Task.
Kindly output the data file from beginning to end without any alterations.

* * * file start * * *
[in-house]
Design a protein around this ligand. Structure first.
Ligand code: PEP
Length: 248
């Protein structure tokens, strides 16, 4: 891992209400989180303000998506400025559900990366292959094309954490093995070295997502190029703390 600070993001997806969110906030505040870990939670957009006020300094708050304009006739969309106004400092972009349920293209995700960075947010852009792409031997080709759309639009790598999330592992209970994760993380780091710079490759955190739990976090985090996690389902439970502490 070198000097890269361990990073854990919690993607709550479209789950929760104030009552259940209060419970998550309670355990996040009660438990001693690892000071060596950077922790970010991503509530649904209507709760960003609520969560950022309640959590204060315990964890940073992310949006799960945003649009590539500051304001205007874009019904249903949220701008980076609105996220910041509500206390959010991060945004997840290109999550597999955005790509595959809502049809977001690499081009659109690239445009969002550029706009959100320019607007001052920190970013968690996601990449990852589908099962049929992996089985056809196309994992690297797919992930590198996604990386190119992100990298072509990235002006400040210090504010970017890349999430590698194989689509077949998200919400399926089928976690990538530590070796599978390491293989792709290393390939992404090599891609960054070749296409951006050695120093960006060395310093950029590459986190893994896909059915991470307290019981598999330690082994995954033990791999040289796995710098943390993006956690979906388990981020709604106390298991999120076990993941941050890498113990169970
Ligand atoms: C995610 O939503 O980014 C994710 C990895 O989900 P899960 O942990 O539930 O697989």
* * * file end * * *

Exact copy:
[in-house]
Design a protein around this ligand. Structure first.
Ligand code: PEP
Length: 248
């Protein structure tokens, strides 16, 4: 891992209400989180303000998506400025559900990366292959094309954490093995070295997502190029703390 600070993001997806969110906030505040870990939670957009006020300094708050304009006739969309106004400092972009349920293209995700960075947010852009792409031997080709759309639009790598999330592992209970994760993380780091710079490759955190739990976090985090996690389902439970502490 070198000097890269361990990073854990919690993607709550479209789950929760104030009552259940209060419970998550309670355990996040009660438990001693690892000071060596950077922790970010991503509530649904209507709760960003609520969560950022309640959590204060315990964890940073992310949006799960945003649009590539500051304001205007874009019904249903949220701008980076609105996220910041509500206390959010991060945004997840290109999550597999955005790509595959809502049809977001690499081009659109690239445009969002550029706009959100320019607007001052920190970013968690996601990449990852589908099962049929992996089985056809196309994992690297797919992930590198996604990386190119992100990298072509990235002006400040210090504010970017890349999430590698194989689509077949998200919400399926089928976690990538530590070796599978390491293989792709290393390939992404090599891609960054070749296409951006050695120093960006060395310093950029590459986190893994896909059915991470307290019981598999330690082994995954033990791999040289796995710098943390993006956690979906388990981020709604106390298991999120076990993941941050890498113990169970
Ligand atoms: C995610 O939503 O980014 C994710 C990895 O989900 P899960 O942990 O539930 O697989």